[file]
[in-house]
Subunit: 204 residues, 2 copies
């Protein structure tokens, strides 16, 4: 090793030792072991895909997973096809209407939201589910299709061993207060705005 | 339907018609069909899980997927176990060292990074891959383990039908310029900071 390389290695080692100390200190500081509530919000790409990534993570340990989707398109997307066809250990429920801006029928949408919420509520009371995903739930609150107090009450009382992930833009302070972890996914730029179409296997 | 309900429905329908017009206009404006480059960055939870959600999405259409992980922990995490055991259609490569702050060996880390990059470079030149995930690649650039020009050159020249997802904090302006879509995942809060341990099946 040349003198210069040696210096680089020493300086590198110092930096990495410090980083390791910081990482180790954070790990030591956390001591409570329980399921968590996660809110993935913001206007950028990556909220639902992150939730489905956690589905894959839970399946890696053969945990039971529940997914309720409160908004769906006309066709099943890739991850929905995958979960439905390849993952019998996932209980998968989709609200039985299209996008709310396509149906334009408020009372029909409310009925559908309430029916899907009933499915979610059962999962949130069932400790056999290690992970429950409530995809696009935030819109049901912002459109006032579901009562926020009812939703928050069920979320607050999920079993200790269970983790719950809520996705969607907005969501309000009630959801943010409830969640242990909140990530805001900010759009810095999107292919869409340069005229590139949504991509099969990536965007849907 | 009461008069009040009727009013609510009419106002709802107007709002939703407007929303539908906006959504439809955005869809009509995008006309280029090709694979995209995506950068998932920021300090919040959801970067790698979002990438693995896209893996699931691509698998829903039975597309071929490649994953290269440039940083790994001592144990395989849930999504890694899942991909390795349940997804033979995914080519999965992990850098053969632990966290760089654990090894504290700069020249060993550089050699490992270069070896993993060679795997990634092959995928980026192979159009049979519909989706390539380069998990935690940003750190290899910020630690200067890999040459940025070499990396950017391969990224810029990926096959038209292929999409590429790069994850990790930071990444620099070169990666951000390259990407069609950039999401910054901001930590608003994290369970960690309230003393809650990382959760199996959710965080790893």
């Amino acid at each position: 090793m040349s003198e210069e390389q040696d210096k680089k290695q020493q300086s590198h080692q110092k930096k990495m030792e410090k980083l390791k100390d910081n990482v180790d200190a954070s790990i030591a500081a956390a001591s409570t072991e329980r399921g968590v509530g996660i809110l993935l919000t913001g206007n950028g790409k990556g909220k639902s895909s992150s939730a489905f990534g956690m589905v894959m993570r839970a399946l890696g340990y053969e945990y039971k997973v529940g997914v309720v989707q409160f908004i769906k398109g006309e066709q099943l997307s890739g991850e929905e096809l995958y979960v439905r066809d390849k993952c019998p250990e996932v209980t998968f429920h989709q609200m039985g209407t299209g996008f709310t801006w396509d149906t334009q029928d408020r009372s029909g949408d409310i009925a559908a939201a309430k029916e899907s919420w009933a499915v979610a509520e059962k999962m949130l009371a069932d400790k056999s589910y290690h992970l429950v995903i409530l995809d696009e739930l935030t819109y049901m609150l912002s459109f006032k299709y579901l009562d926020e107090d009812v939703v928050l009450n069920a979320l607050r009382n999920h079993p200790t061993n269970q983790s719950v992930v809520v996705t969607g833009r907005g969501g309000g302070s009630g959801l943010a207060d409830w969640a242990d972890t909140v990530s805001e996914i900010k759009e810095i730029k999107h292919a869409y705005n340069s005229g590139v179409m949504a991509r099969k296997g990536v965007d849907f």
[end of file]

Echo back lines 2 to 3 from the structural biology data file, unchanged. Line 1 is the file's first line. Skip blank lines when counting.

Subunit: 204 residues, 2 copies
């Protein structure tokens, strides 16, 4: 090793030792072991895909997973096809209407939201589910299709061993207060705005 | 339907018609069909899980997927176990060292990074891959383990039908310029900071 390389290695080692100390200190500081509530919000790409990534993570340990989707398109997307066809250990429920801006029928949408919420509520009371995903739930609150107090009450009382992930833009302070972890996914730029179409296997 | 309900429905329908017009206009404006480059960055939870959600999405259409992980922990995490055991259609490569702050060996880390990059470079030149995930690649650039020009050159020249997802904090302006879509995942809060341990099946 040349003198210069040696210096680089020493300086590198110092930096990495410090980083390791910081990482180790954070790990030591956390001591409570329980399921968590996660809110993935913001206007950028990556909220639902992150939730489905956690589905894959839970399946890696053969945990039971529940997914309720409160908004769906006309066709099943890739991850929905995958979960439905390849993952019998996932209980998968989709609200039985299209996008709310396509149906334009408020009372029909409310009925559908309430029916899907009933499915979610059962999962949130069932400790056999290690992970429950409530995809696009935030819109049901912002459109006032579901009562926020009812939703928050069920979320607050999920079993200790269970983790719950809520996705969607907005969501309000009630959801943010409830969640242990909140990530805001900010759009810095999107292919869409340069005229590139949504991509099969990536965007849907 | 009461008069009040009727009013609510009419106002709802107007709002939703407007929303539908906006959504439809955005869809009509995008006309280029090709694979995209995506950068998932920021300090919040959801970067790698979002990438693995896209893996699931691509698998829903039975597309071929490649994953290269440039940083790994001592144990395989849930999504890694899942991909390795349940997804033979995914080519999965992990850098053969632990966290760089654990090894504290700069020249060993550089050699490992270069070896993993060679795997990634092959995928980026192979159009049979519909989706390539380069998990935690940003750190290899910020630690200067890999040459940025070499990396950017391969990224810029990926096959038209292929999409590429790069994850990790930071990444620099070169990666951000390259990407069609950039999401910054901001930590608003994290369970960690309230003393809650990382959760199996959710965080790893």